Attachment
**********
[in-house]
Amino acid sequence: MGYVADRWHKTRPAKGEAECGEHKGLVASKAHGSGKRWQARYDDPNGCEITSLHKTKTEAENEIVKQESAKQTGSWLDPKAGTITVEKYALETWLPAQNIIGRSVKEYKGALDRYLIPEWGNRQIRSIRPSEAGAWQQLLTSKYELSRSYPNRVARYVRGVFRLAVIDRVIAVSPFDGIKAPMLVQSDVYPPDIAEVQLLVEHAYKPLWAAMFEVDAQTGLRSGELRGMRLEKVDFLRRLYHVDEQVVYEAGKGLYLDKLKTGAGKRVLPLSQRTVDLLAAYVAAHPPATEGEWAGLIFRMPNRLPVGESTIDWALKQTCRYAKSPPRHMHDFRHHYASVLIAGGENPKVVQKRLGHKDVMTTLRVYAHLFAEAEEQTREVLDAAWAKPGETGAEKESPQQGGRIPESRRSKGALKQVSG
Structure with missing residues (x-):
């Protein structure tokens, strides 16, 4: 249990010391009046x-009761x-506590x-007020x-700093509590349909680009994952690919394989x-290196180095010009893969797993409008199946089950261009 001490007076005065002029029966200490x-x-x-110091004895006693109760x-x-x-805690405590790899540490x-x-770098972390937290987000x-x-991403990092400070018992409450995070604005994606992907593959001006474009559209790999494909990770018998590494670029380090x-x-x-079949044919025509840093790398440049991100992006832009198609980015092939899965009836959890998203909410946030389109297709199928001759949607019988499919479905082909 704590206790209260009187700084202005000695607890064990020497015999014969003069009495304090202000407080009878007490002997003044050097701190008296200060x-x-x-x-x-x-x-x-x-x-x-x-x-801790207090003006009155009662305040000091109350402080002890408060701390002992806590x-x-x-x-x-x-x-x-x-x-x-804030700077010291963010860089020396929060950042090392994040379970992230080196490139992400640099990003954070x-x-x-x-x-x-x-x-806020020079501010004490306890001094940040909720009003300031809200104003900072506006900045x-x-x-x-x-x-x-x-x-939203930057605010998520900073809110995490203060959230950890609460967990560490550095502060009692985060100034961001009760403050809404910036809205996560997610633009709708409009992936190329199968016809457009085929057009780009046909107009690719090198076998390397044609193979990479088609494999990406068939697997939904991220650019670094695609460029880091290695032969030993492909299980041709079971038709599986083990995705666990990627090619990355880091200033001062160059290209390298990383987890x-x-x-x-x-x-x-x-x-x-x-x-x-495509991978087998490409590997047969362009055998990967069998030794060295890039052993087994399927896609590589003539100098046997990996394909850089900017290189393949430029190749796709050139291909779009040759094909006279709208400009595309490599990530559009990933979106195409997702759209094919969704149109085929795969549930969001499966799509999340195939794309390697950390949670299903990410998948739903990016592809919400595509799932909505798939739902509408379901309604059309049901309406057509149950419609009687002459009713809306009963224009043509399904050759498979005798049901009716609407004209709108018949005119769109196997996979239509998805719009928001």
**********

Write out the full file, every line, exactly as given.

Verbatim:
[in-house]
Amino acid sequence: MGYVADRWHKTRPAKGEAECGEHKGLVASKAHGSGKRWQARYDDPNGCEITSLHKTKTEAENEIVKQESAKQTGSWLDPKAGTITVEKYALETWLPAQNIIGRSVKEYKGALDRYLIPEWGNRQIRSIRPSEAGAWQQLLTSKYELSRSYPNRVARYVRGVFRLAVIDRVIAVSPFDGIKAPMLVQSDVYPPDIAEVQLLVEHAYKPLWAAMFEVDAQTGLRSGELRGMRLEKVDFLRRLYHVDEQVVYEAGKGLYLDKLKTGAGKRVLPLSQRTVDLLAAYVAAHPPATEGEWAGLIFRMPNRLPVGESTIDWALKQTCRYAKSPPRHMHDFRHHYASVLIAGGENPKVVQKRLGHKDVMTTLRVYAHLFAEAEEQTREVLDAAWAKPGETGAEKESPQQGGRIPESRRSKGALKQVSG
Structure with missing residues (x-):
């Protein structure tokens, strides 16, 4: 249990010391009046x-009761x-506590x-007020x-700093509590349909680009994952690919394989x-290196180095010009893969797993409008199946089950261009 001490007076005065002029029966200490x-x-x-110091004895006693109760x-x-x-805690405590790899540490x-x-770098972390937290987000x-x-991403990092400070018992409450995070604005994606992907593959001006474009559209790999494909990770018998590494670029380090x-x-x-079949044919025509840093790398440049991100992006832009198609980015092939899965009836959890998203909410946030389109297709199928001759949607019988499919479905082909 704590206790209260009187700084202005000695607890064990020497015999014969003069009495304090202000407080009878007490002997003044050097701190008296200060x-x-x-x-x-x-x-x-x-x-x-x-x-801790207090003006009155009662305040000091109350402080002890408060701390002992806590x-x-x-x-x-x-x-x-x-x-x-804030700077010291963010860089020396929060950042090392994040379970992230080196490139992400640099990003954070x-x-x-x-x-x-x-x-806020020079501010004490306890001094940040909720009003300031809200104003900072506006900045x-x-x-x-x-x-x-x-x-939203930057605010998520900073809110995490203060959230950890609460967990560490550095502060009692985060100034961001009760403050809404910036809205996560997610633009709708409009992936190329199968016809457009085929057009780009046909107009690719090198076998390397044609193979990479088609494999990406068939697997939904991220650019670094695609460029880091290695032969030993492909299980041709079971038709599986083990995705666990990627090619990355880091200033001062160059290209390298990383987890x-x-x-x-x-x-x-x-x-x-x-x-x-495509991978087998490409590997047969362009055998990967069998030794060295890039052993087994399927896609590589003539100098046997990996394909850089900017290189393949430029190749796709050139291909779009040759094909006279709208400009595309490599990530559009990933979106195409997702759209094919969704149109085929795969549930969001499966799509999340195939794309390697950390949670299903990410998948739903990016592809919400595509799932909505798939739902509408379901309604059309049901309406057509149950419609009687002459009713809306009963224009043509399904050759498979005798049901009716609407004209709108018949005119769109196997996979239509998805719009928001």